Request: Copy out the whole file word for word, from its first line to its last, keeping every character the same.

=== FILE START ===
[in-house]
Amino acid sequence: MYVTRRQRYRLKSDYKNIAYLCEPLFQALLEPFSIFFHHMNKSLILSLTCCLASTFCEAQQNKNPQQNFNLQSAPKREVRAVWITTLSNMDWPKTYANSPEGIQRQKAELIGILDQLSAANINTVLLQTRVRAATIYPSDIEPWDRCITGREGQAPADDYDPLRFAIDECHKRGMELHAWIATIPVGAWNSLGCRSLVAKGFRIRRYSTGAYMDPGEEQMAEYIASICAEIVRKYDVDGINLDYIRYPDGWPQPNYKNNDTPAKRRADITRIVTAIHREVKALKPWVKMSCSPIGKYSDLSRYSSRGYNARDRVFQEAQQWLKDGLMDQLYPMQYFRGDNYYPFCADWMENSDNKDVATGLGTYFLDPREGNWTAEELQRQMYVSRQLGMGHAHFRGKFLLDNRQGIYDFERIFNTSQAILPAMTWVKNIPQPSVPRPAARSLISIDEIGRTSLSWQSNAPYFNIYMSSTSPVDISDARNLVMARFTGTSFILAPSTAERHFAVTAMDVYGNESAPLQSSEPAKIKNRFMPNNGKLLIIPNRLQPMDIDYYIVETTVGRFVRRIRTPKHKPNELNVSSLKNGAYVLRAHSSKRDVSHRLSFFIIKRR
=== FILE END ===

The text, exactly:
[in-house]
Amino acid sequence: MYVTRRQRYRLKSDYKNIAYLCEPLFQALLEPFSIFFHHMNKSLILSLTCCLASTFCEAQQNKNPQQNFNLQSAPKREVRAVWITTLSNMDWPKTYANSPEGIQRQKAELIGILDQLSAANINTVLLQTRVRAATIYPSDIEPWDRCITGREGQAPADDYDPLRFAIDECHKRGMELHAWIATIPVGAWNSLGCRSLVAKGFRIRRYSTGAYMDPGEEQMAEYIASICAEIVRKYDVDGINLDYIRYPDGWPQPNYKNNDTPAKRRADITRIVTAIHREVKALKPWVKMSCSPIGKYSDLSRYSSRGYNARDRVFQEAQQWLKDGLMDQLYPMQYFRGDNYYPFCADWMENSDNKDVATGLGTYFLDPREGNWTAEELQRQMYVSRQLGMGHAHFRGKFLLDNRQGIYDFERIFNTSQAILPAMTWVKNIPQPSVPRPAARSLISIDEIGRTSLSWQSNAPYFNIYMSSTSPVDISDARNLVMARFTGTSFILAPSTAERHFAVTAMDVYGNESAPLQSSEPAKIKNRFMPNNGKLLIIPNRLQPMDIDYYIVETTVGRFVRRIRTPKHKPNELNVSSLKNGAYVLRAHSSKRDVSHRLSFFIIKRR